We are delighted to publish Part 5 (of 5) of a wonderful series of tutorials covering the brand new Pixelmator app for iPad. If you have missed Part 1, please go here, for Part 2, go here for Part 3, go here and for Part 4, go here. This time Jerry discusses Retouch and Effects in this extensive tutorial. We’re quite sure you will find this tutorial invaluable (foreword by Joanne Carter).
“We’ve come a long way in our discussion of Pixelmator, covering layers, brushes, selections, text, shapes, painting, erasing, layer styles, blend modes, and many other things. But we aren’t done yet: even after this final entry, there will be a few minor features left for you to discover on your own. This time around two large areas of Pixelmator will be covered: Retouch and Apply Effects.
I won’t be starting with a blank canvas, as I did in the last discussion on brushes. Instead, I have a sunset image I took at Epcot last week. I captured it using vividHDR, which does a terrific job of capturing the shadows and highlights and giving your images pop”.
As I look closer, I notice that there is something floating in the still water, just right of center. Well, that just won’t do! Especially at a Disney park! But getting rid of the debris will be easier with Pixelmator than it was at the park, and there’s no rowing involved. I zoom in on the offending debris with a two-fingered pinch.
The Retouch tools are the second item in the Brush menu.
Selecting Retouch puts you into the Retouch workspace, with a display of the available tools. These include Repair, Lighten, Darken, Smudge, Sharpen, Soften, Fix Red-eyes, Saturate and De-Saturate. These tasks are all accomplished with soft brushes, to allow targeted changes. (Smudge, it should be noted, is only a soft-edged brush. It doesn’t have all the brush tips found in the Smudge category of brushes.) For now, I select Repair.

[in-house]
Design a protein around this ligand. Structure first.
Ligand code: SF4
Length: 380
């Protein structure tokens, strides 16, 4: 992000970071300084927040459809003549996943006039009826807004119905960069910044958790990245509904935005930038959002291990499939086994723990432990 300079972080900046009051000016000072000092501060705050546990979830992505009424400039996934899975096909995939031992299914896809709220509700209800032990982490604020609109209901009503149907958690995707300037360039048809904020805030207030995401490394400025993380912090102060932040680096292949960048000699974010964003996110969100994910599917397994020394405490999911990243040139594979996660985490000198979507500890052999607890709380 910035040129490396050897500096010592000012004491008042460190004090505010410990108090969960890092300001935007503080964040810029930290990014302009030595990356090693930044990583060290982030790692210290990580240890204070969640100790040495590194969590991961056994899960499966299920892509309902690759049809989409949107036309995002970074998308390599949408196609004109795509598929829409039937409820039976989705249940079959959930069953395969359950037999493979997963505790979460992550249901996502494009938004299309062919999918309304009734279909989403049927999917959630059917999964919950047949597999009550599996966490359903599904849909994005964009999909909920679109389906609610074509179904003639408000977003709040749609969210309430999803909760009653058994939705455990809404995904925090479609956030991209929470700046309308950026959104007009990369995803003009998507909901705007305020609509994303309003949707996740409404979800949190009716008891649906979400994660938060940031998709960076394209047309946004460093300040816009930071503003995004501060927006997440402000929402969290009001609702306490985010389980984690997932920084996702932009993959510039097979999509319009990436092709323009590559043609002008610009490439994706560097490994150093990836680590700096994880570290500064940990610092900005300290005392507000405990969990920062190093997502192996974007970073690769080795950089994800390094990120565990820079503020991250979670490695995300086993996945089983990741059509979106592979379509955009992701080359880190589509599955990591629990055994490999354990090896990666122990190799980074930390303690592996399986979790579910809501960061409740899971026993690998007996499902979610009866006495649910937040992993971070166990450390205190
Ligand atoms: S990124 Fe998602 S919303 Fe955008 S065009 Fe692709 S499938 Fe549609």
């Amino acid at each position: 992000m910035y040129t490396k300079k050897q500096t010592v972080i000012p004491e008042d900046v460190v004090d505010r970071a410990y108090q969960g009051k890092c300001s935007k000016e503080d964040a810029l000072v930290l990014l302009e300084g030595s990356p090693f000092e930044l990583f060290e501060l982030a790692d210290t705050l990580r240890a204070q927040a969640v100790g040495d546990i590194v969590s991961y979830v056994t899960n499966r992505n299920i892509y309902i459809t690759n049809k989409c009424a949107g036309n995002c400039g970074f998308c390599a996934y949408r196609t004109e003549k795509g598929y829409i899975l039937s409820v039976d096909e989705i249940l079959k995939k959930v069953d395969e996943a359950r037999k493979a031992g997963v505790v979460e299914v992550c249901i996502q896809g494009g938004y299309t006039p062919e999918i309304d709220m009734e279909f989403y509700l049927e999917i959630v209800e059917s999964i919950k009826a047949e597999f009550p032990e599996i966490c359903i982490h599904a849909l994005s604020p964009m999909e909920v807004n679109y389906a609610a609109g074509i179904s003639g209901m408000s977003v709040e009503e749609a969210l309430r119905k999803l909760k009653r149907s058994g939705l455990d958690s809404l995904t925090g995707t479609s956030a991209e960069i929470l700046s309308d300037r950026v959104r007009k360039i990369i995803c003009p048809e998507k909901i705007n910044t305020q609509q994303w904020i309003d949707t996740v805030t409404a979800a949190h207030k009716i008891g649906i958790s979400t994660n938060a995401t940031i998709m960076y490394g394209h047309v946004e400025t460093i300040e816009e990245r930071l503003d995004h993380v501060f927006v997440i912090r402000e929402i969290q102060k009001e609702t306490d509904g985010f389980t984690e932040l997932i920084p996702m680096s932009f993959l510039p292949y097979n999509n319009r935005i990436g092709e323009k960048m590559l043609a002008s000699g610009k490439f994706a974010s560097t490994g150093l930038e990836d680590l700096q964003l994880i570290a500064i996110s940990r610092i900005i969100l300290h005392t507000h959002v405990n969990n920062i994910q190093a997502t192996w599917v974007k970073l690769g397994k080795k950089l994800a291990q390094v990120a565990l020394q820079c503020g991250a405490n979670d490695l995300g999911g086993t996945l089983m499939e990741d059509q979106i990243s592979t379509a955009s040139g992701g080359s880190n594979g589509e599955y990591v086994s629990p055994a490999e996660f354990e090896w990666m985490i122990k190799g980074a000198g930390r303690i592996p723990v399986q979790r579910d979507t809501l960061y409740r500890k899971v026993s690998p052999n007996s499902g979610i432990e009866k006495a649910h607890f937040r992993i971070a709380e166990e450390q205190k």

While I’m in Repair mode (top center says Retouch, tool selector at top right says Repair), I brush over the objects I wish to remove. As soon as I lift my finger or stylus, a progress bar appears at the bottom and the repairing is done. If the result is not to your satisfaction, tap Undo at the top left, then brush again.
The next Retouch tool I will use is Darken, at the top and bottom edges, just to help steer focus to the center. I tap the Tool Selector and change the tool to Darken. Next to the Tool Selector is the Strength indicator. (Use of the Strength indicator for brushes was covered in Part 4.) I leave the strength at about 50%.
Use of any Darken or Burn tool can be hard to accomplish subtly. I brushed very quickly across the top and bottom of the image, and it’s too harsh for me, especially at the center top. Nevertheless, I will soldier on.
The Lighten tool works better for me, with a quick swipe across the center.
There are a boatload of effects in Pixelmator. (Water scene – boatload – forget it.) Since Pixelmator does not allow for masking, so that I can paint effects in or out, I prefer to apply effects to a duplicate layer. I double tap the image in the Layers palette and select Duplicate from the drop-down toolbar.
Add Effects is half-way down on the Brush menu. Selecting it will take you to the Effects workspace.
You will see all the available effects along the bottom of the screen. In addition to the ones seen below, the choices Bump, Pinch and Kaleidoscope can be seen by scrolling horizontally.
Some of the Effects, like Vignette (seen below) have no options. Vignette has a strength dial which defaults to 100%. Moving the dial around the screen does not change the location of the center of the vignette; that remains in the center of the image.